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Reengineering the 2010 Census: Risks and Challenges liaison on ACS matters. One true pleasure of service on this panel was the opportunity for interaction with someone of Chip’s great knowledge and good humor, and we join his friends and colleagues in mourning his loss. Our panel colleague Joseph Salvo, of the New York City Department of City Planning, ably chaired a working group to evaluate the Local Update of Census Addresses (LUCA) program from the local government perspective. Jointly sponsored by this panel and our sister panel, the Panel to Review the 2000 Census, LUCA working group members drew from their firsthand expertise in documenting their LUCA experience in case study form. We thank the members of this group—Shoreh Elhami, Abby Hughes, Terry Jackson, Tim Koss, and Harry Wolfe—and working group consultant Patricia Becker for their efforts, a solid reference work for our panel and the entire research community. In particular, we have benefited greatly from the continuing consultation of LUCA working group member Shoreh Elhami, of the Delaware County (Ohio) Auditor’s Office. A current member of the National Research Council’s Mapping Science Committee, her expertise on census and geography matters from the local government perspective has enriched our discussions of the Census Bureau’s plans to modernize their geographic resources. In April 2001 the panel opened its first examination of the proposed MAF/TIGER Enhancements Program by inviting a distinguished set of discussants to share their opinions on the proposed plans. In addition to Shoreh Elhami, this roster of discussants included Rick Ayers (Environmental Systems Research Institute, Inc.), Donald Cooke (Geographic Data Technology, Inc.), Michel Lettre (State of Maryland), and Sarah Nusser (Department of Statistics, Iowa State University). We thank them for their time and their talents. At the request of the Census Bureau, panel staff organized a meeting on September 10, 2003, dealing specifically with the Census Bureau’s plans to redesign the database structure for its geographic resources (Master Address File and TIGER geographic database). Conducted by the Census Bureau, the meeting supplemented expertise on the panel with additional experts in computer science, software engineering, and geogra-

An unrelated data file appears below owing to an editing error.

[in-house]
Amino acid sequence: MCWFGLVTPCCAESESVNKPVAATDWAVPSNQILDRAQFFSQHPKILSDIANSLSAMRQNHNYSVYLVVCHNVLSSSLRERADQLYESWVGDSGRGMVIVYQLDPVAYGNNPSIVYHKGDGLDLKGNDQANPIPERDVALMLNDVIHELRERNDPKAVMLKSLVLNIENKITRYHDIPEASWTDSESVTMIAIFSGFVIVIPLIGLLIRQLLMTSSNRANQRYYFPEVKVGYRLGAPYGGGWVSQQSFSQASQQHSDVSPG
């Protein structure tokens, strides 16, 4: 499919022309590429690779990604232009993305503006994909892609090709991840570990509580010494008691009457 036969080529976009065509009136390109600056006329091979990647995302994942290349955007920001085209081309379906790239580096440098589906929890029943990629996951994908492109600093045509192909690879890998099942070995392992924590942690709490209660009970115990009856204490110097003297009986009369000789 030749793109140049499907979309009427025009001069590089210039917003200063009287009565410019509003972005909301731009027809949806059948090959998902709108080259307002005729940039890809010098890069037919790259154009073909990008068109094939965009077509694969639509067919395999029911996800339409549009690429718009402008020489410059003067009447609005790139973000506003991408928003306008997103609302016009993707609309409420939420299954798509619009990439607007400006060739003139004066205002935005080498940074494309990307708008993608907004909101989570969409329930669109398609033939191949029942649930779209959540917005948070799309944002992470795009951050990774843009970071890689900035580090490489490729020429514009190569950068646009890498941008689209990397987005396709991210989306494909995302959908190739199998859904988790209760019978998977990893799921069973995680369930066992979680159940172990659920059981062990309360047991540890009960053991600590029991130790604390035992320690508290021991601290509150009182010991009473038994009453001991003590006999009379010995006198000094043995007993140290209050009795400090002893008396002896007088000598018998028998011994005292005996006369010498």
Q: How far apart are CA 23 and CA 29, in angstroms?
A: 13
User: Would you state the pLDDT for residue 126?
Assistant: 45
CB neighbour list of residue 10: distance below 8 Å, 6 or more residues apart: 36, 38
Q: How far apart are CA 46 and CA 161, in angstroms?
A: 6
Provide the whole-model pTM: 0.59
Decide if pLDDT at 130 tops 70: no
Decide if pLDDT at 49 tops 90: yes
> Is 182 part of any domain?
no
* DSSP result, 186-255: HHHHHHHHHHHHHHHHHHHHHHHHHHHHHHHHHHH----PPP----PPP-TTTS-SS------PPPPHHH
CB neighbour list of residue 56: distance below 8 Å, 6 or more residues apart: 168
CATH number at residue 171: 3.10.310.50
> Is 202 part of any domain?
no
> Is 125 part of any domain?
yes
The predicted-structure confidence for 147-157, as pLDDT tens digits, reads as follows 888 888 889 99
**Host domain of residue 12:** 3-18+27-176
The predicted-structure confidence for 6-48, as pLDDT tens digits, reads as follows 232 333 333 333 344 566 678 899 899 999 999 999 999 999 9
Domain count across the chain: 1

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Reengineering the 2010 Census: Risks and Challenges phy. Panel members Al Irvine and Mike Meyer participated in the meeting; we thank invitees Michael Goodchild (University of California, Santa Barbara), Les Miller (Iowa State University and American Statistical Association/National Science Foundation Census Fellow), Jesse Poore (University of Tennessee), and Allan Wilks (AT&T Laboratories–Research) for their participation and discussion. We are grateful to our colleagues on the companion Panel to Review the 2000 Census and to its chair, Janet Norwood, for their assistance and contributions over the course of the panel’s study. Members of our panel joined members and staff of the Norwood panel to visit local and regional census offices during the 2000 census. Since those early days, both panels have been continually updated on each other’s progress. In particular, the Norwood panel’s detailed discussion of the 2000 Accuracy and Coverage Evaluation and the possible statistical adjustment of the 2000 census figures has been most helpful to us in suggesting priorities for coverage measurement in 2010. Over the years, the panel has greatly benefited from good relations and insightful interaction with the broader census community. Terri Ann Lowenthal’s “Census 2000 News Briefs” have been a most helpful resource and an important communications channel, and we appreciate her efforts. We have learned much from our discussions with relevant staff of the U.S. House Subcommittee on the Census of the Committee on Government Reform (and its successor subcommittees with census oversight authority), particularly David McMillen and former subcommittee staffer Michael Miguel. We have appreciated our interaction with census-related staff of the U.S. General Accounting Office, including Robert Parker and Ty Mitchell. We also thank Ed Spar of the Council of Professional Associations on Federal Statistics and Susan Schechter and Katherine Wallman of the U.S. Office of Management and Budget for their participation in panel meetings. Logistical arrangements for panel activities were made with great skill by Agnes Gaskin, senior project assistant. Research assistant Marisa Gerstein deserves thanks for her help with maintaining an archive of materials related to both this panel and the Panel to Review the 2000 Census. Former CNSTAT staff mem-